• Neither accidental nor intentional overdosing with Ursodiol has been reported. Doses of Ursodiol in the range of 16 - 20 mg/kg/day have been tolerated for 6 - 37 months without symptoms by 7 patients. The LD50 for ursodiol in rats is over 5000 mg/kg given over 7 - 10 days and over 7500 mg/kg for mice. The most likely manifestation of severe overdose with ursodiol would probably be diarrhea, which should be treated symptomatically.

Pharmacology

Ursodeoxycholic acid acsv.png
Ursodeoxycholic acid ball-and-stick.png
Ursodeoxycholic acid
Systematic (IUPAC) name
3α,7β-dihydroxy-5β-cholan-24-oic acid
OR
(R)-4-((3R,5S,7S,8R,9S,10S,13R,14S,17R)-3,7-dihydroxy-
10,13-dimethylhexadecahydro-
1H-cyclopenta[a]phenanthren-17-yl)pentanoic acid
Identifiers
CAS number 128-13-2
ATC code A05AA02
PubChem 31401
DrugBank DB01586
Chemical data
Formula C24H40O4 
Mol. mass 392.56 g/mol
SMILES eMolecules & PubChem
Synonyms ursodeoxycholic acid, Actigall, Ursosan, Urso, Urso Forte
Physical data
Melt. point 203 °C (397 °F)
Pharmacokinetic data
Bioavailability ?
Metabolism ?
Half life ?
Excretion ?
Therapeutic considerations
Licence data

US

Pregnancy cat.

B3(AU) B(US)

Legal status

Prescription Only (S4)(AU) ?(CA) POM(UK) -only(US)

Routes oral

Mechanism of Action

Structure

  • Ursodiol is a bile acid available as 300 mg capsules suitable for oral administration.
  • Ursodeoxycholic acid,is a naturally occurring bile acid found in small quantities in normal human bile and in the biles of certain other mammals. It is a bitter-tasting, white powder freely soluble in ethanol, methanol, and glacial acetic acid; sparingly soluble in chloroform; slightly soluble in ether; and insoluble in water. The chemical name for ursodiol is 3α,7β-Dihydroxy-5β-cholan-24-oic acid (C24H40O4). Ursodiol, USP has a molecular weight of 392.57. Its structure is shown below:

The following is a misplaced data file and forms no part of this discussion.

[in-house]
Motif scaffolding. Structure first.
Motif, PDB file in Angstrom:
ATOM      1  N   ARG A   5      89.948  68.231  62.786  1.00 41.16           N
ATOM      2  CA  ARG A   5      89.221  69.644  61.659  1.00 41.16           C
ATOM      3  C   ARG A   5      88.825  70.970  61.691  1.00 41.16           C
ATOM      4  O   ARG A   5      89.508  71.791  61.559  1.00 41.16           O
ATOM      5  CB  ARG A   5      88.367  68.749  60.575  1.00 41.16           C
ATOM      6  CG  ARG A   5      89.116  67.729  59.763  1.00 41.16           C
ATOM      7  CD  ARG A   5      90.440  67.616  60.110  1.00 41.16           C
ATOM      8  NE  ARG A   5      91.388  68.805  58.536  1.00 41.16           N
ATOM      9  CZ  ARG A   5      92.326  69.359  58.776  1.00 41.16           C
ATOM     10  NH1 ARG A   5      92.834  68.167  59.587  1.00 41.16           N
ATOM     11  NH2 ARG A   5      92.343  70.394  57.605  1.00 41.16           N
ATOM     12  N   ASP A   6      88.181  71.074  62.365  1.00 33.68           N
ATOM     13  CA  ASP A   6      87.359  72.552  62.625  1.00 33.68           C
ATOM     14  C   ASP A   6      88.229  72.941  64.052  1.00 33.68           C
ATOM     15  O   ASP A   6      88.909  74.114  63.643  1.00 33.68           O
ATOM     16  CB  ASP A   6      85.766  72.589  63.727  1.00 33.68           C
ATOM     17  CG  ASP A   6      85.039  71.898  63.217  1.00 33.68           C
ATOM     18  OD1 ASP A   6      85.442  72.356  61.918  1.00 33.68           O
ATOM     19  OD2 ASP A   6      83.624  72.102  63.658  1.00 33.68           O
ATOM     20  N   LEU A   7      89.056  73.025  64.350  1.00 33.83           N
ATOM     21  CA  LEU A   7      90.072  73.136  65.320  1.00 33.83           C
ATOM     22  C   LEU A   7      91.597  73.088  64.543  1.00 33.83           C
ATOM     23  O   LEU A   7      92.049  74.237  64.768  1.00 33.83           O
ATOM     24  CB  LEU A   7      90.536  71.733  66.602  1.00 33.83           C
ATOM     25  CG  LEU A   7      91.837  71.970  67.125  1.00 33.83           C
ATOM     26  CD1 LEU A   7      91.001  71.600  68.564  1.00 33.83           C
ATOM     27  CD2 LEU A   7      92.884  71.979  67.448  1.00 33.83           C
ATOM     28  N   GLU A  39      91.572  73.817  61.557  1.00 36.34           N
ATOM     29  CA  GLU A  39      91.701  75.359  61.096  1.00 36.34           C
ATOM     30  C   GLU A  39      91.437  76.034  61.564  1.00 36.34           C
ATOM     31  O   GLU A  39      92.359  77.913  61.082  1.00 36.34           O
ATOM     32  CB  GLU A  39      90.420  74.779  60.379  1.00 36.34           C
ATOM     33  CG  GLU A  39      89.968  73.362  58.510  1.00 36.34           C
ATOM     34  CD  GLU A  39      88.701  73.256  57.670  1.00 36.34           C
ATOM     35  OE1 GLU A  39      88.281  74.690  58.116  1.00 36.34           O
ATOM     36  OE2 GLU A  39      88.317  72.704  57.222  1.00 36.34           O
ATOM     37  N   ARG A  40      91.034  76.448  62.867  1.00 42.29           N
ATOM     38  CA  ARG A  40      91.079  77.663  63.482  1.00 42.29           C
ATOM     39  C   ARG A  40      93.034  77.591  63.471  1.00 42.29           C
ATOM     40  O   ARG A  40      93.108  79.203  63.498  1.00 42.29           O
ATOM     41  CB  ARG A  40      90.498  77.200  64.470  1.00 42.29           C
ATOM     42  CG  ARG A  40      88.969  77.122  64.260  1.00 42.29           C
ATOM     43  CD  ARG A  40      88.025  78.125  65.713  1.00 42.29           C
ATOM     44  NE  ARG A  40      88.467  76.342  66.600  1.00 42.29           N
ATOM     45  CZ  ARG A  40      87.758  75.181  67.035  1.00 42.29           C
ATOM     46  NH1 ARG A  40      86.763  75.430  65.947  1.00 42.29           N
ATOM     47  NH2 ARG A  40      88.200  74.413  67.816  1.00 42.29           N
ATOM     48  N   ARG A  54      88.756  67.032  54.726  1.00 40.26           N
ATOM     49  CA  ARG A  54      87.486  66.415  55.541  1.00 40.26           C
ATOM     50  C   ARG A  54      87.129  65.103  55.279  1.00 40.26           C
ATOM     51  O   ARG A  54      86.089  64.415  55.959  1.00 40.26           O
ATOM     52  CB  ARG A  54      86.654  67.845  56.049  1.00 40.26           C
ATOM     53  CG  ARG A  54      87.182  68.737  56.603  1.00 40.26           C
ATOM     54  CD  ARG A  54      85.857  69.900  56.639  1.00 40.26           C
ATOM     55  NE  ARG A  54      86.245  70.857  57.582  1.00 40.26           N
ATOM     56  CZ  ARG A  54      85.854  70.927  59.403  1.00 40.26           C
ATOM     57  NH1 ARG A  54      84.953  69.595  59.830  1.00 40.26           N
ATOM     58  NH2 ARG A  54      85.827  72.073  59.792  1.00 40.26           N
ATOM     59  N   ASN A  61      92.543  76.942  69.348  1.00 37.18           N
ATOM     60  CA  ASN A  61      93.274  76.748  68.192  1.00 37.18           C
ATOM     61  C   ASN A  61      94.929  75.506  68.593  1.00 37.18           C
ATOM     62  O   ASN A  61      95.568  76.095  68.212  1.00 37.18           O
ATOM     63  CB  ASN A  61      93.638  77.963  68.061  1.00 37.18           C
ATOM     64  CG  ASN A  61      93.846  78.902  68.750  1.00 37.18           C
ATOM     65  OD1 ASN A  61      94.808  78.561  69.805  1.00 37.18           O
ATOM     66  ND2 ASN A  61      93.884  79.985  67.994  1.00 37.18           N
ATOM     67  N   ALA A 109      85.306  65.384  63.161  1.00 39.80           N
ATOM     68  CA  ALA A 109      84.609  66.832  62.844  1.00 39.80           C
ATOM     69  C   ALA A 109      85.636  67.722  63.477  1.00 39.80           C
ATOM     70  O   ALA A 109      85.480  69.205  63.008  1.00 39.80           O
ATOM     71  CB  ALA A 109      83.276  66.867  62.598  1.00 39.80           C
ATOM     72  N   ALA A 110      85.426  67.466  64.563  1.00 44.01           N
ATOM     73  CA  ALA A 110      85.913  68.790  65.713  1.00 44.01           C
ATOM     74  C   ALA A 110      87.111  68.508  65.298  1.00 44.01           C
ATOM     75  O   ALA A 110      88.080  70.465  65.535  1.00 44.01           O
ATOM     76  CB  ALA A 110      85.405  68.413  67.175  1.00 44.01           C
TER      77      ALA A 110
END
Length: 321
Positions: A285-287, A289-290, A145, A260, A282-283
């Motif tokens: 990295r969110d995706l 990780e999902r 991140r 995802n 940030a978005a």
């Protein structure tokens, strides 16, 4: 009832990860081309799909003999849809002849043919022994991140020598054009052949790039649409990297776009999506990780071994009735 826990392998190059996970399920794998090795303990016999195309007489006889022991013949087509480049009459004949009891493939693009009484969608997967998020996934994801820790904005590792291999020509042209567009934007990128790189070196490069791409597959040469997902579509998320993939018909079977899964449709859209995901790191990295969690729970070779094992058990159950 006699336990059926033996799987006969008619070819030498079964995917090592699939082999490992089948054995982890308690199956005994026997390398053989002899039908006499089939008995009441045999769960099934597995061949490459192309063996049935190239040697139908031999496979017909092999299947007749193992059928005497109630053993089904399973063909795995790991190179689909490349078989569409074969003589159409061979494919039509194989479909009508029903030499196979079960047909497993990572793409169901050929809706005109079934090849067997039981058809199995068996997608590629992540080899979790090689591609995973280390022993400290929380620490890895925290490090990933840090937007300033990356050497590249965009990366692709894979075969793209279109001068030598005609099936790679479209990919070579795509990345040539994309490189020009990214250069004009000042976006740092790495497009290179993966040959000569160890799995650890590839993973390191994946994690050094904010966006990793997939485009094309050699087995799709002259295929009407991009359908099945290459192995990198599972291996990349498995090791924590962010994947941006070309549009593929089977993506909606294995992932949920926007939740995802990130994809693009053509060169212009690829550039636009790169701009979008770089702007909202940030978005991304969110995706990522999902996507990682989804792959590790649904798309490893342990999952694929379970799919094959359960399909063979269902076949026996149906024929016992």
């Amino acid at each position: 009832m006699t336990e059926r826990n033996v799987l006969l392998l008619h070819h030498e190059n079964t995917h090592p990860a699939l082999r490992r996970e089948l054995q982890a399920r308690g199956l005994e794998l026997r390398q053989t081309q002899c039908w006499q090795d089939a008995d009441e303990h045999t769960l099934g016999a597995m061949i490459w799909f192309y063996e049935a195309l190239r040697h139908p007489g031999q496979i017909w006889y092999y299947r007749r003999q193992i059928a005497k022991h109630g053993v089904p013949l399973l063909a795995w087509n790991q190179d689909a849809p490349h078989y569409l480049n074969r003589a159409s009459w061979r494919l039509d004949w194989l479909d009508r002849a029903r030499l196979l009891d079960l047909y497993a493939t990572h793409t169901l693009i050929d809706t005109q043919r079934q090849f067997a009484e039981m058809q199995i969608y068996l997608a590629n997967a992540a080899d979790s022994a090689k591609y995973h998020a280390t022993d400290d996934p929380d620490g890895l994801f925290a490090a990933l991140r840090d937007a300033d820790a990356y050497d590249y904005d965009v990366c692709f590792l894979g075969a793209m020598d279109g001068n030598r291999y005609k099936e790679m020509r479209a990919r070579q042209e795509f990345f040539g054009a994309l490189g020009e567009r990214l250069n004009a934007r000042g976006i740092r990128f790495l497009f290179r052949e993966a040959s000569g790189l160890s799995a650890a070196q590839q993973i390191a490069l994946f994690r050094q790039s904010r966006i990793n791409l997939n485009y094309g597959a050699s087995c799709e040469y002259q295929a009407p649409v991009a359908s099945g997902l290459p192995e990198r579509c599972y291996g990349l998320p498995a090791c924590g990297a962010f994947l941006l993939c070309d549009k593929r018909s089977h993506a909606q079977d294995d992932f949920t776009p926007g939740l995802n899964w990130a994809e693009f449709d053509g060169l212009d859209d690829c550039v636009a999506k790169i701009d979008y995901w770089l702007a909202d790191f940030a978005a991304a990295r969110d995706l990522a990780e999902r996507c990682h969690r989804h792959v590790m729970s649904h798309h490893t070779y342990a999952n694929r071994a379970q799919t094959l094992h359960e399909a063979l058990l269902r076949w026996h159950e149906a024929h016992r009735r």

This image is provided by the National Library of Medicine.

Pharmacodynamics

  • With repeated dosing, bile ursodeoxycholic acid concentrations reach a steady state in about 3 weeks. Although insoluble in aqueous media, cholesterol can be solubilized in at least two different ways in the presence of dihydroxy bile acids. In addition to solubilizing cholesterol in micelles, ursodiol acts by an apparently unique mechanism to cause dispersion of cholesterol as liquid crystals in aqueous media. Thus, even though administration of high doses (e.g., 15 - 18 mg/kg/day) does not result in a concentration of ursodiol higher than 60% of the total bile acid pool, ursodiol-rich bile effectively solubilizes cholesterol. The overall effect of ursodiol is to increase the concentration level at which saturation of cholesterol occurs.
  • After ursodiol dosing is stopped, the concentration of the bile acid in bile falls exponentially, declining to about 5% - 10% of its steady state level in about 1 week.

Pharmacokinetics

|glyco-]] and tauro-ursodeoxycholic acid in the small bowel. Free ursodiol, 7-keto-lithocholic acid, and lithocholic acid are relatively insoluble in and larger proportions of these compounds are lost from the distal gut into the feces. Reabsorbed free ursodiol is reconjugated by the liver. Eighty percent of lithocholic acid formed in the small bowel is excreted in the feces, but the 20% that is absorbed is sulfated at the 3-hydroxyl group in the liver to relatively insoluble lithocholyl conjugates which are excreted into bile and lost in feces. Absorbed 7-keto-lithocholic acid is stereospecifically reduced in the liver to chenodiol.